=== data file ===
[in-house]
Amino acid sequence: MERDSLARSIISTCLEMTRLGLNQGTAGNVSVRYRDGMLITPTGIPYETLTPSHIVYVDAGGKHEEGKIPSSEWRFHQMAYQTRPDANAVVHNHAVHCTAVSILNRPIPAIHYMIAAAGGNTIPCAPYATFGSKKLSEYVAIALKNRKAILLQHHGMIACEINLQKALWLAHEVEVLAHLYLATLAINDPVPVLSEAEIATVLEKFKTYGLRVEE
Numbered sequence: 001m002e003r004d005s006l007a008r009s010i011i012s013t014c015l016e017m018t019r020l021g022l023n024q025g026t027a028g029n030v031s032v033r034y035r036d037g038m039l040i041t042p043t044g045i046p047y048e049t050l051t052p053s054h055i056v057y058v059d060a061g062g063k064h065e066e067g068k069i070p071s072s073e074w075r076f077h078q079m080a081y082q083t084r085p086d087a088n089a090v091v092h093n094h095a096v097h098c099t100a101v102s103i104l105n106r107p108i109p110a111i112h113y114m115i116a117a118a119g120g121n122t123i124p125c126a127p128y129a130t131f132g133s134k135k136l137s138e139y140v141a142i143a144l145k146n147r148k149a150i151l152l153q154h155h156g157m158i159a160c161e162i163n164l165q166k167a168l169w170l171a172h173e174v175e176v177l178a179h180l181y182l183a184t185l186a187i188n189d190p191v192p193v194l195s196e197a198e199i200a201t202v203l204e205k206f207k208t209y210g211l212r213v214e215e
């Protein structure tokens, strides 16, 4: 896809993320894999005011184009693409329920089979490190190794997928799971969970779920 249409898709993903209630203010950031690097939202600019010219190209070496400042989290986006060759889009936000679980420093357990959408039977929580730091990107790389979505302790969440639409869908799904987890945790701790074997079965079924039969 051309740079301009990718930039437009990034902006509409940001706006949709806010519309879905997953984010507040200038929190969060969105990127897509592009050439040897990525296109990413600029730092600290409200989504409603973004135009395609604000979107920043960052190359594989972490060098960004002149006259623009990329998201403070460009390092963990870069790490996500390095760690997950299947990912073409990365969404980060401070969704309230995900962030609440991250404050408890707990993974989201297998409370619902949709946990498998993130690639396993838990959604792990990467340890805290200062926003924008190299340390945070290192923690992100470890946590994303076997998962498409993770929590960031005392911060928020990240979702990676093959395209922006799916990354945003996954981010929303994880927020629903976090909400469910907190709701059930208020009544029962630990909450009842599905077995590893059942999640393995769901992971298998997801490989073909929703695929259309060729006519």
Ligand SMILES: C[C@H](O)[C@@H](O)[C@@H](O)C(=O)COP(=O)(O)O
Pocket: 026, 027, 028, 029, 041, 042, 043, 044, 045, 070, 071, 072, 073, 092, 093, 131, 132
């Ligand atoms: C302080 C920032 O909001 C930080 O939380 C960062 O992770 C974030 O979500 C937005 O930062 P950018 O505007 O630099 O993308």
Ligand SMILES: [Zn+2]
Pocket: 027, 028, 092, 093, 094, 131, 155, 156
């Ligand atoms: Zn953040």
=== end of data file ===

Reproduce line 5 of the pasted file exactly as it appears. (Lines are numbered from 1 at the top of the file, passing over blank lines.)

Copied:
Ligand SMILES: C[C@H](O)[C@@H](O)[C@@H](O)C(=O)COP(=O)(O)O